ECHR judgment of 04 October 2016 in the case of Cevrioglu v. Turkey (application No. 69546/12).
In 2012, the applicant was assisted in preparing the application. Subsequently, the application was communicated to Turkey.
In the case, the complaint on the failure of the state authorities to take necessary measures to verify the safety of the construction site, as a result of the accident at which the applicant's son died, the lack of proper response by the courts to an accident, was successfully considered. The case involved a violation of the requirements of Article 2 of the Convention for the Protection of Human Rights and Fundamental Freedoms.
CIRCUMSTANCES OF THE CASE
In 1998, the applicant's 10-year-old son drowned, falling into an unclosed water tank on the construction site, where he played with a friend who also died as a result of this incident. Three municipal officials were prosecuted for causing death by negligence, but the proceedings against them were eventually suspended. The applicant and other family members of the deceased children subsequently sued for compensation in administrative courts, but he was dismissed on the grounds that there was no wine from the municipality.
According to Article 1 (4) of Law No. 4616, which provided that criminal proceedings for certain crimes committed before April 23, 1999, should be suspended and subsequently terminated if a crime of the same or more severity was not committed accused for the next five years.
In the conventional proceedings, the applicant argued that the public authorities did not take the necessary security measures, since no inspections were ever conducted at the construction site and there was no proper reaction to the accident by the courts of Turkey.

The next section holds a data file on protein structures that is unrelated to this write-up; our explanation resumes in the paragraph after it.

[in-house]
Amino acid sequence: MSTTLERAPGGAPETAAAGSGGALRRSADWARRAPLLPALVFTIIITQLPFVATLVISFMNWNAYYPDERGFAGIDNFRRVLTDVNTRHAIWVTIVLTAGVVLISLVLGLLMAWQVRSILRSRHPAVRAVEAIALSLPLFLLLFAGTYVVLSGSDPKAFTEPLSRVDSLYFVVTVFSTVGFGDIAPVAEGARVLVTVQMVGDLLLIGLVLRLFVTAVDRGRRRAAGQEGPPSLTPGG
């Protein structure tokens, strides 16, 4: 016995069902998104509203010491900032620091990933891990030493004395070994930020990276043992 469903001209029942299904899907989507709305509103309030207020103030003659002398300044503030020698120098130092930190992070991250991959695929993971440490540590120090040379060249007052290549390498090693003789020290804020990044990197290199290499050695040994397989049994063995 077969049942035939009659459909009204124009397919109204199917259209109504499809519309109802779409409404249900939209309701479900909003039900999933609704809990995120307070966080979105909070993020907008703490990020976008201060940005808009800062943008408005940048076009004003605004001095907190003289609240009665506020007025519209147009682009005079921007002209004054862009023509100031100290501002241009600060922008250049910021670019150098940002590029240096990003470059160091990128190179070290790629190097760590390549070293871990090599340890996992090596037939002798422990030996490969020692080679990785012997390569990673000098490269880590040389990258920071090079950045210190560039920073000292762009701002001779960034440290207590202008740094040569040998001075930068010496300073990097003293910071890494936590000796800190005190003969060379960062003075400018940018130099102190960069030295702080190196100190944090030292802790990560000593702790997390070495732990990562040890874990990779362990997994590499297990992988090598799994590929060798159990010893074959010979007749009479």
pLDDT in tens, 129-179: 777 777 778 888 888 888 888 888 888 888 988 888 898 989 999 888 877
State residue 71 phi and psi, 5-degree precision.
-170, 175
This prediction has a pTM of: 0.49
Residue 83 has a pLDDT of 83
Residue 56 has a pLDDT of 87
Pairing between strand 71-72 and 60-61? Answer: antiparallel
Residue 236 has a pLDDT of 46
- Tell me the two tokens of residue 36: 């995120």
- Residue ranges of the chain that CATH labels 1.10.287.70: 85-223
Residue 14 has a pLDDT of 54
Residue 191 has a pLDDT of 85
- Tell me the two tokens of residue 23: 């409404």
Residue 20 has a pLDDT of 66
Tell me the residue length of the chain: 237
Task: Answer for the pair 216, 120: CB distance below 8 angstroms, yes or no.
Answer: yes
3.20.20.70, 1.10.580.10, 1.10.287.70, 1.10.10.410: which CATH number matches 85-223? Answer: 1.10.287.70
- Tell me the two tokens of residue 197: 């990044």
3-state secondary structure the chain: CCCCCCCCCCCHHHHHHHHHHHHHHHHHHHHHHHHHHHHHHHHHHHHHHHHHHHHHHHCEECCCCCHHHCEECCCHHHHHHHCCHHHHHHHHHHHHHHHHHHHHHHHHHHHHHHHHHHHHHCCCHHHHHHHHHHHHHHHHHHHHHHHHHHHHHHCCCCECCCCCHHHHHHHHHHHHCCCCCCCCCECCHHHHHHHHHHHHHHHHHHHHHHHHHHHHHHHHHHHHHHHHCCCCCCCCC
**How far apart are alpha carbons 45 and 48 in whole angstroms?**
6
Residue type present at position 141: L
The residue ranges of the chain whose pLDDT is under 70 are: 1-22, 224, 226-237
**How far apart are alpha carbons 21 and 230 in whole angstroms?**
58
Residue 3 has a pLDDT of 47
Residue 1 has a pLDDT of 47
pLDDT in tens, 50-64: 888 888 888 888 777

ISSUES OF LAW
Concerning compliance with Article 2 of the Convention. The duty of the State under Article 2 of the Convention in cases involving unintentional violations of the right to life was not limited to the adoption of rules to protect the safety of people in public places, but also included ensuring the effective functioning of this regulatory framework. In the absence of necessary security measures, construction sites, especially in residential areas, pose a risk of threatening life-threatening accidents that may affect not only professional builders more familiar with possible threats, but also the public at large, including vulnerable groups, such as children who can easily become the object of such threats. In this regard, unlike the situation in some other activities where the absence of a rigorous verification mechanism may not pose a problem due to their nature and limited scope, the respondent State in the present case had a more severe responsibility to the members of society who had to face very real threats, created by construction work at their very house. While the European Court ruled that the main responsibility for the accident in the present case was borne by the owner of the construction site, the evasion of the authorities of the respondent State from the creation of an effective system of inspections could also be considered an essential factor.
Although the Government argued that the accident could not be foreseen, since construction work had only recently begun, the Court does not consider it unreasonable to charge the respondent State with responsibility for evading the inspection, since the reservoir existed no less than eight months before the incident and the municipality knew about construction work from the first day. While the Court can not speculate on whether a proper inspection of a construction site could have prevented an accident, such an inspection could induce the owner to close the facility and take precautions around the well, which, in a reasonable way, could free the respondent Government from liability in accordance with Article 2 of the Convention.
As for the reaction of the courts of Turkey, the courts did not clearly establish the aforementioned shortcomings in the criminal proceedings brought against the officials of the municipality or in administrative proceedings against the municipality itself: the criminal proceedings were suspended without judicial assessment of the responsibility of the respective officials, and the administrative court did not carry out an in-depth a study of the regulatory framework for the verification of construction projects and the responsibility of the municipality for its implementation.
The violation of the requirements of Article 2 of the Convention (unanimously) was committed in the case.
In the application of Article 41 of the Convention. The Court awarded the applicant EUR 10,000 in respect of non-pecuniary damage.